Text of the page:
Are you addicted to sex?

Question Mark

I would like to address the topic of sex addiction today.

There is a lot of sense and nonsense about this subject and due to this, a feeling of obscurity, for example starting with the definition. There is not yet a professional consensus about this. In the just released new edition of the DSM 5 (Diagnostic and Statistical Manual of Mental Disorders, Edition 5 which outlines all classifications of mental disorders) the professionals involved didn’t reach consensus. Instead they have referred to the diagnosis of Hypersexual Disorder, with the note that further research on this disorder is needed before using as a definitive diagnostic classification.

From my perspective, based on my clinical experience, the main symptoms involve: lack of control, disturbance of work or relationship and dissatisfaction. In my private practice I see men with these symptoms regularly who are not in control of their drive to watch porn, their usage of sexual chat rooms or have no resistance to opportunities to be involved in sexual activities with people other than their regular partner. Of course, in order to reach out for help for this problem the man has to overcome a certain feeling of shame, acknowledge he has a problem and be clear that he wants to resolve it.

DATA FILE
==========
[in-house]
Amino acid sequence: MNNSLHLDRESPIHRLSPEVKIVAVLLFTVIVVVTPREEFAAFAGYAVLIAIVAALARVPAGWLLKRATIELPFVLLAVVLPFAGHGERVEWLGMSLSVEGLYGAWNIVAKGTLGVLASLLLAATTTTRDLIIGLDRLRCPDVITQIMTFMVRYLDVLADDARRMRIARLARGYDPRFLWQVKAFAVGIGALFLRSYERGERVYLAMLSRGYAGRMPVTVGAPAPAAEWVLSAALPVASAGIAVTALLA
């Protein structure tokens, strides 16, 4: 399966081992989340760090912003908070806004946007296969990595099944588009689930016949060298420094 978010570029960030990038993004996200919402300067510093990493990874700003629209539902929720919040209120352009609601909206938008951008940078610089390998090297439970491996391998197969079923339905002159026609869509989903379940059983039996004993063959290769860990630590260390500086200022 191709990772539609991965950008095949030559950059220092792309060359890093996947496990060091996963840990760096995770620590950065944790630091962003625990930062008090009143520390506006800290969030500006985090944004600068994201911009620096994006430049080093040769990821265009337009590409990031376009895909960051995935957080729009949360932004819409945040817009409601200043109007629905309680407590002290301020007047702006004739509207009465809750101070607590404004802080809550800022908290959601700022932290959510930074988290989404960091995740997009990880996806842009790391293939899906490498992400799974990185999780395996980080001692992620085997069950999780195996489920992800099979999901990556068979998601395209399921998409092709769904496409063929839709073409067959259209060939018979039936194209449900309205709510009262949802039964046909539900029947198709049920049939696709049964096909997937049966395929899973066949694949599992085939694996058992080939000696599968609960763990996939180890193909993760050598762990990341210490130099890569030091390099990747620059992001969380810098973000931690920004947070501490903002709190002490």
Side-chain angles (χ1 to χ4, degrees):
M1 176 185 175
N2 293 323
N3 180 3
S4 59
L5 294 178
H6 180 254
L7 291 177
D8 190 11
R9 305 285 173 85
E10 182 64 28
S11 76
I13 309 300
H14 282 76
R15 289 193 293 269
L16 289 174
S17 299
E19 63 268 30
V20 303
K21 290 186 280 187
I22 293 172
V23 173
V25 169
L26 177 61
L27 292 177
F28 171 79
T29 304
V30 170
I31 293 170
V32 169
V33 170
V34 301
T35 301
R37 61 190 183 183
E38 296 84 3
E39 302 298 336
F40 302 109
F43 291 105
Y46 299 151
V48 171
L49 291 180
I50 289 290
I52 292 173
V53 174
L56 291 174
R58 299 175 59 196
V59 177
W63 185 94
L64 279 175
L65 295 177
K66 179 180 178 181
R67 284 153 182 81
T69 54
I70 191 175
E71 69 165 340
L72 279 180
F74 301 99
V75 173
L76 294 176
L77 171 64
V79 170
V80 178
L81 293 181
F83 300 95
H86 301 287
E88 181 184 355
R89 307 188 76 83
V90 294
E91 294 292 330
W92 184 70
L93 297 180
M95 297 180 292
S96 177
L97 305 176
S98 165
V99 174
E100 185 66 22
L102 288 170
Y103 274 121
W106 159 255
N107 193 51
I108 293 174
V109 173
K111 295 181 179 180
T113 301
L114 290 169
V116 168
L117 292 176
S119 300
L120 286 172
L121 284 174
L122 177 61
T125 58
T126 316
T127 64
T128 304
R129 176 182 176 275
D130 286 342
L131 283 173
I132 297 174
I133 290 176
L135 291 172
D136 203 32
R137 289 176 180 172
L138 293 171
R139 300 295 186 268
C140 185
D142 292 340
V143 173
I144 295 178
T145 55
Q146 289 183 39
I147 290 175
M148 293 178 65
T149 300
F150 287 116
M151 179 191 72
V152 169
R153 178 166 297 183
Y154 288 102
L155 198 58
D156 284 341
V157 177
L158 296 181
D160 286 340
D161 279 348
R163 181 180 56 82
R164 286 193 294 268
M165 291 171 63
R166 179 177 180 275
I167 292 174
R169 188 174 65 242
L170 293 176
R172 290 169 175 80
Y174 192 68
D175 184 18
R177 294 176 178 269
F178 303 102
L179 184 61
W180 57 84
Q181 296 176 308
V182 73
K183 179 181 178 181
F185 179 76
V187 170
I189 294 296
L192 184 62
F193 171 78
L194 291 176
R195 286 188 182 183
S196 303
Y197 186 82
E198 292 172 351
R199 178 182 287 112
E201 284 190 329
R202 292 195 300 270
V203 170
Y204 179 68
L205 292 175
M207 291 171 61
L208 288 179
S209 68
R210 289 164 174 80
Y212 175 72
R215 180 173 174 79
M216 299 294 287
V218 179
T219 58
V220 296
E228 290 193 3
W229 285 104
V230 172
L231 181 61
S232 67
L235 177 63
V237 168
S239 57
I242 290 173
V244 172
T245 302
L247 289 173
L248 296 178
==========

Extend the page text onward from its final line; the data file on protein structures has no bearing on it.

But how do you know whether you are sex addicted?

Here are some questions that might be helpful to you, obtained from the Sexual Addiction Screening Test:

  • Is sex almost all you think about?
  • Has your sexual behaviour put you at risk for arrest for lewd conduct or public indecency?
  • Have people in your life been upset about your sexual activities online?
  • Have you attempted to stop your online sexual behaviours and failed?
  • Do you hide some of your sexual behaviours from others?

If you have answered ‘yes’ to the majority of these questions, you might want to consult a specialist to help you with your sexual behaviour.

Usually the problem of sex addiction has a not yet comprehensively explained connection with low self- esteem. This is to be assessed in therapy to work on setting goals and limits of the particular behaviour, in cooperation with the partner if present.  The involvement of the partner is essential and most of all beneficial to improve the intimate relationship and the feelings of connection between the partners. And this also provides the opportunity for the partner of the client to express their feelings of anger, incompetence, rejection and self-doubt.  Other causes of sex addiction are associated with past negative sexual experiences and a lack of satisfying emotional responses in an individual’s past or current circumstances. These experiences may allow them to spend too much time thinking about or being occupied with sexual activities.

If you recognise any of these symptoms yourself or in your partner and you would like to address this, feel free to give the practice a call for enquiries or to make a booking. I would be pleased to be able to assist you deal with the underlying reasons for your sex addiction by improving your relationship and your feelings of competence.

Sex Therapy at Attuned Psychology is an important service offered by our practice. For more information and to make enquiries, visit our Sex Therapy Adelaide page. 

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